Runners try to avoid El Pilar bulls
Half-tonne fighting bulls trampled and knocked over runners on a break-neck bull run in Spain's San Fermin festival on Tuesday, injuring five men, officials said.
The five Spaniards aged between 19 and 47 suffered bruises to their shoulders, legs, ankles and head in a dash through the northern city of Pamplona, regional health authorities said.
They were taken to hospital for treatment and have all been discharged.
The six bulls from the El Pilar ranch, known for their speed, took just two minutes and 22 seconds to cover the 850-metre (2,800-foot) course, the fastest time of the four daily bull runs held so far this year.
"They just wooshed by, I barely got a glimpse of the bulls," said James Matiesen, a 28-year-old student from California who watched the run from behind a wooden barrier set up along the route.
A brown bull pulled away from the pack and was the first to charge into the city's bull ring where it was quickly followed by the rest of the beasts.
Runners wearing white clothes and red handkerchiefs around their necks struggled to remain for long in front of the bulls because of the speed which the animals thundered along the course.
One bull stepped on a runner who had fallen in the middle of the course but the man was seen to walk away on his own.
"You really have to control your nerves, especially at the beginning when it is really crowded and people are pushing you," said Jonathan Llanos, a 23-year-old immigrant from Ecuador who came from Zaragoza to run with the bulls.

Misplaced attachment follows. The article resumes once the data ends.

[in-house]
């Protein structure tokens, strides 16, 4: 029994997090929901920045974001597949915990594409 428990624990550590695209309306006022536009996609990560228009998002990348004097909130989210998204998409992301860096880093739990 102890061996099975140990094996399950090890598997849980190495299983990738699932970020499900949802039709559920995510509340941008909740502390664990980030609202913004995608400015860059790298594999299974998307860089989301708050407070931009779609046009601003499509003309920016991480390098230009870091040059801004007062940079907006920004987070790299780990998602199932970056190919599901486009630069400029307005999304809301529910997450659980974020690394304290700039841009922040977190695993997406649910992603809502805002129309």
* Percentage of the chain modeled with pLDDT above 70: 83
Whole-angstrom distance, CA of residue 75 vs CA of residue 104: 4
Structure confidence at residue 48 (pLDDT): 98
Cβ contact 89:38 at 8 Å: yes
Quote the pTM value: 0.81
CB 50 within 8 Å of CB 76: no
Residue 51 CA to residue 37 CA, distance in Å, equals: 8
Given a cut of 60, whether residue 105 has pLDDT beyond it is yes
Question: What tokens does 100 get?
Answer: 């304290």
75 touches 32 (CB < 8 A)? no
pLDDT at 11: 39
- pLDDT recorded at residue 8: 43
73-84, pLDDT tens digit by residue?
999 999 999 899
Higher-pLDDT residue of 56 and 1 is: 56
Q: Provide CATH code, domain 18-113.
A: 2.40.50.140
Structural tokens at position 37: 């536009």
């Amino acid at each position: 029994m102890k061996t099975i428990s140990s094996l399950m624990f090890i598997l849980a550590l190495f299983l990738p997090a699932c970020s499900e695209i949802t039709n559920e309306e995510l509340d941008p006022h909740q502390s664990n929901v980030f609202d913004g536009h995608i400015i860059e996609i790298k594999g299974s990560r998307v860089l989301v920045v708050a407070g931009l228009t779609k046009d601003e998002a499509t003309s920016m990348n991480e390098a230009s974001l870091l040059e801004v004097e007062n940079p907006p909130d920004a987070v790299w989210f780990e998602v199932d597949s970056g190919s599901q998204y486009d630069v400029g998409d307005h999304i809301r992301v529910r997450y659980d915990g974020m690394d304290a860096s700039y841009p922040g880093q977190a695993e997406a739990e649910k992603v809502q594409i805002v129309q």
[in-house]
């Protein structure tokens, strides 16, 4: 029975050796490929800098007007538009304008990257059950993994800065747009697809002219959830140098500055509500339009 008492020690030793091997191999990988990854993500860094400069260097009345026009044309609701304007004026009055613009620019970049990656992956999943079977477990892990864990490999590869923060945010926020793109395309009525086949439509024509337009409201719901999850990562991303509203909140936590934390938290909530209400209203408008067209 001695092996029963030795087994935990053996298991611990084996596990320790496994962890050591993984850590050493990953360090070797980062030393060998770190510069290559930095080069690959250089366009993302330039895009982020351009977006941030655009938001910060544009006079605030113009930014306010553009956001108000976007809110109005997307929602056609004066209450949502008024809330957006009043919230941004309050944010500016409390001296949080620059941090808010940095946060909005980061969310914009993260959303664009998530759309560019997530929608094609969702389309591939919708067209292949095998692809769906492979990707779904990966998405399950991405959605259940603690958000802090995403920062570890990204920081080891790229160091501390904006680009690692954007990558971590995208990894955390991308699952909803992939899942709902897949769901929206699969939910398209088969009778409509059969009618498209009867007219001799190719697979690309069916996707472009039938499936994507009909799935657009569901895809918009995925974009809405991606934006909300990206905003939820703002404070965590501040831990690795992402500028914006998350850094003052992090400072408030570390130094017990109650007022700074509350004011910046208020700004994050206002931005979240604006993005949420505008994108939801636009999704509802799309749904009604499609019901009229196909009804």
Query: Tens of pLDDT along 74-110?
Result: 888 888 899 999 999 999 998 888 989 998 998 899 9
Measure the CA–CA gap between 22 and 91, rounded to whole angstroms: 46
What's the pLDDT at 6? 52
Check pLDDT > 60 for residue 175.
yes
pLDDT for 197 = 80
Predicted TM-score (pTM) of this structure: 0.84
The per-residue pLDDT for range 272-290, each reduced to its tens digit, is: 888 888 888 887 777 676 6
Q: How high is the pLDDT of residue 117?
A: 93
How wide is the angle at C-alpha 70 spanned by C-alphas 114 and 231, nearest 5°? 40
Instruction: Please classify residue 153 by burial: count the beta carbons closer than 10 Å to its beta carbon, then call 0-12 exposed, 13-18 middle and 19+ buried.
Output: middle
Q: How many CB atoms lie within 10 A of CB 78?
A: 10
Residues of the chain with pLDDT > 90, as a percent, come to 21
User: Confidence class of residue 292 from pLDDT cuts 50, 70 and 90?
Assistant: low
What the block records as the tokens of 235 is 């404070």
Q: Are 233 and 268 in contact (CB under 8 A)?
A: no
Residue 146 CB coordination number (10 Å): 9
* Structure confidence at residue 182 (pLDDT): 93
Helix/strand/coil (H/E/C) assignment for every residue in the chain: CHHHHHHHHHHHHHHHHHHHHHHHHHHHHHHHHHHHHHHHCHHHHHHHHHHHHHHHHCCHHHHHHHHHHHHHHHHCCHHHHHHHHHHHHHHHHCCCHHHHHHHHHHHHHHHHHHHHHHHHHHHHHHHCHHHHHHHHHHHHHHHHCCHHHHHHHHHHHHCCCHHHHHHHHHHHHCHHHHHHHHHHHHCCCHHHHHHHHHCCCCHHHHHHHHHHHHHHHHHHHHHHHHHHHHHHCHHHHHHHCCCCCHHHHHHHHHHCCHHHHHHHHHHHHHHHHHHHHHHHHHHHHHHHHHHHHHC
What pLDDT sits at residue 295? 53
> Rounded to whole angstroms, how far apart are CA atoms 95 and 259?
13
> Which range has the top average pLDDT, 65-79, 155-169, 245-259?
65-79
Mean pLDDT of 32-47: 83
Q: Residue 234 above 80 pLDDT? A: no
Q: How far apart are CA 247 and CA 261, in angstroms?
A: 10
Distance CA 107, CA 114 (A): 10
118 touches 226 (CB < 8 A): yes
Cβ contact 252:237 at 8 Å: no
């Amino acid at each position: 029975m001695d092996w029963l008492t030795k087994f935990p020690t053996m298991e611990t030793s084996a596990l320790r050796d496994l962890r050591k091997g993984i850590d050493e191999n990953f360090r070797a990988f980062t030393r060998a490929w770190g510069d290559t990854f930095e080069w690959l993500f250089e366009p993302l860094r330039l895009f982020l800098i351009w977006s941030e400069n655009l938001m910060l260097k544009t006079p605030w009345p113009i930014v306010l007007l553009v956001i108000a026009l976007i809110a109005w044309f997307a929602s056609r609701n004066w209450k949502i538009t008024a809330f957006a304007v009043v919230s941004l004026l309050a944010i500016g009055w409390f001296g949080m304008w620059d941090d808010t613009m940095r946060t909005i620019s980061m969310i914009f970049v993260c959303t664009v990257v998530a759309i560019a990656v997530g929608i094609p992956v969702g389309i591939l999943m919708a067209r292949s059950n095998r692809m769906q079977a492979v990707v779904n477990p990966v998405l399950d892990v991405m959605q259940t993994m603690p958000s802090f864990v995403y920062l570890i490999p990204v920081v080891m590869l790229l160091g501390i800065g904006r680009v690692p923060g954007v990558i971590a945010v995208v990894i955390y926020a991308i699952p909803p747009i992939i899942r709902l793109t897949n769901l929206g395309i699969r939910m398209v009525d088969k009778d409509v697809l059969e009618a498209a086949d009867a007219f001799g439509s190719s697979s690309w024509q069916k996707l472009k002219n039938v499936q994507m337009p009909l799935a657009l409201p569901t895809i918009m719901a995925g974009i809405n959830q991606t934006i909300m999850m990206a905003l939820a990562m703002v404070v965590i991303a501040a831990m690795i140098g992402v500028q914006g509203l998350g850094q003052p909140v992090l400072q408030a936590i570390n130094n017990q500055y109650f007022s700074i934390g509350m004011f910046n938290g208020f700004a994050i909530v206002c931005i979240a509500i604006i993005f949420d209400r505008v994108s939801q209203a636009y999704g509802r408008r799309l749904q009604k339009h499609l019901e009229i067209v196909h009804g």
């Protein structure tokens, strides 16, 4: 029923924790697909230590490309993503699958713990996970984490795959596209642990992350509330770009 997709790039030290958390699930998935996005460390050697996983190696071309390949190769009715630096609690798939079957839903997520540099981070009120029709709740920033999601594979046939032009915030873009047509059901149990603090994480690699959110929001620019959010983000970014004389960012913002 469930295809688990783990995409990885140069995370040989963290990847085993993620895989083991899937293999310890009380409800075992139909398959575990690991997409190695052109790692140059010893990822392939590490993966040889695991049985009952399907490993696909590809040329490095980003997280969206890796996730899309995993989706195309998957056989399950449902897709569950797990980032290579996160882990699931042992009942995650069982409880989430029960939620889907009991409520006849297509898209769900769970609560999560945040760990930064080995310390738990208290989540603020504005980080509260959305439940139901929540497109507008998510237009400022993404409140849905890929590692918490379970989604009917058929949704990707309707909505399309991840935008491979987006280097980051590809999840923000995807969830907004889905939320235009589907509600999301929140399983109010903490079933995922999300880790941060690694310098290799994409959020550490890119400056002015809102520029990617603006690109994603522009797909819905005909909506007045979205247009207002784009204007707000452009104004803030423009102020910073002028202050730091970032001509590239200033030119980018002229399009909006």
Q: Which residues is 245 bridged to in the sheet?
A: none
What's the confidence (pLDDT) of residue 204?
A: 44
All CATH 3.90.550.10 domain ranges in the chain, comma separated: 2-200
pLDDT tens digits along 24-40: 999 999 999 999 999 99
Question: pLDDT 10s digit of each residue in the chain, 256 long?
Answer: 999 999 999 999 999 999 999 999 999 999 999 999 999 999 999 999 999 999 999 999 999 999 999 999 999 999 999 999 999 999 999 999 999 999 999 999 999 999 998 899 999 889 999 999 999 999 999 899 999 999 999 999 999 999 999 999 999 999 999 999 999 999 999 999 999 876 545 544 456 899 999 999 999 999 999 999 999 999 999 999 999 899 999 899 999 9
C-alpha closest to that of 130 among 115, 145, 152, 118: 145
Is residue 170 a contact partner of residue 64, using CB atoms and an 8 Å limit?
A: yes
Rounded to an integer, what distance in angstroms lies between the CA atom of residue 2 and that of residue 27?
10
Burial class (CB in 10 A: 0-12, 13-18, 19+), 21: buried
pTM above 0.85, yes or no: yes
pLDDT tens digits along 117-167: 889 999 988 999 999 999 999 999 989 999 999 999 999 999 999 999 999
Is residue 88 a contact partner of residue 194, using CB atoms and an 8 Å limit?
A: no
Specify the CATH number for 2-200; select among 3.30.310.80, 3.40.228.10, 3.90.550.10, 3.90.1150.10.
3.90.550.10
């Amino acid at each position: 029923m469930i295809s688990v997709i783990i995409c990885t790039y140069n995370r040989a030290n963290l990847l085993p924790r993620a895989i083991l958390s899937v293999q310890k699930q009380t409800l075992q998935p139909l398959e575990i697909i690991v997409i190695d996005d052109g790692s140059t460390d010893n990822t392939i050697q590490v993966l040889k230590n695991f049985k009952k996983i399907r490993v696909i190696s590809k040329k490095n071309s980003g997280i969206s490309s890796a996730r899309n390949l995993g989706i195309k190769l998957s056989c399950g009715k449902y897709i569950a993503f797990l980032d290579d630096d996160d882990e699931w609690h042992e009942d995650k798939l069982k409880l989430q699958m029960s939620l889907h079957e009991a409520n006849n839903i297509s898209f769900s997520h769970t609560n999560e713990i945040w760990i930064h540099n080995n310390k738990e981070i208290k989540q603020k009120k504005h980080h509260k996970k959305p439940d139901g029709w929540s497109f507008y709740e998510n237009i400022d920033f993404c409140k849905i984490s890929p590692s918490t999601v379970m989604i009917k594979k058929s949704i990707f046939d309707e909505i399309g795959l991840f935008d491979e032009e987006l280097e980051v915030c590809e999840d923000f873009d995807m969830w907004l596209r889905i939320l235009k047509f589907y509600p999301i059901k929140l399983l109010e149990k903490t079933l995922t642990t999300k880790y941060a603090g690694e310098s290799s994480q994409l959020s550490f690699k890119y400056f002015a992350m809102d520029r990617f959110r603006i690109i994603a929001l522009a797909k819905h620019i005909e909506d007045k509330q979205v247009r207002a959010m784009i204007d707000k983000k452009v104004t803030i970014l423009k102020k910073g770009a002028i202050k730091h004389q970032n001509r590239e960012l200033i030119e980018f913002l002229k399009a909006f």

Runners jogged on the spot and did stretching excercises before the start of the fourth bull run of this year's San Fermin festival as they stood behind a line of police.
One man prayed and kissed a crucifix he wore around his neck minutes before the rocket was fired to signal that the bulls had been released from their holding pen.
None of the bulls in Tuesday's run tried to gore the runners, prompting San Fermin organisers to describe the pack as "very well-behaved".
"It is very beautiful, I enjoyed it a great deal. I love bulls," said Inaki Becerra, a 58-year-old businessman from San Sebastian who watched the run from an apartment balcony and who used to run with the bulls when he was younger.
A giant bull skewered two Britons and an American, none seriously, with its horns during Monday's run after it broke free from the pack and charged a crowd of runners cowering by the barriers.
The two British men, aged 20 and 29, were gored in their legs and remain in hospital.
Last year 20,500 people joined the festival's eight daily bull runs, with nearly half of them coming from abroad, mostly the United States, Australia and Britain, according to Pamplona city hall.
Three years ago, a bull gored a 27-year-old Spaniard to death, piercing his neck, heart and lungs with its horns in front of hordes of tourists.
Pamplona officials expect about half a million people will flock to the city of 200,000 during the July 6-14 festival, which dates back to medieval times.
The San Fermin festival was made famous worldwide by Ernest Hemingway's 1926 novel "The Sun Also Rises" about a group of American and British expatriates who travel from Paris to Pamplona to watch the running of the bulls.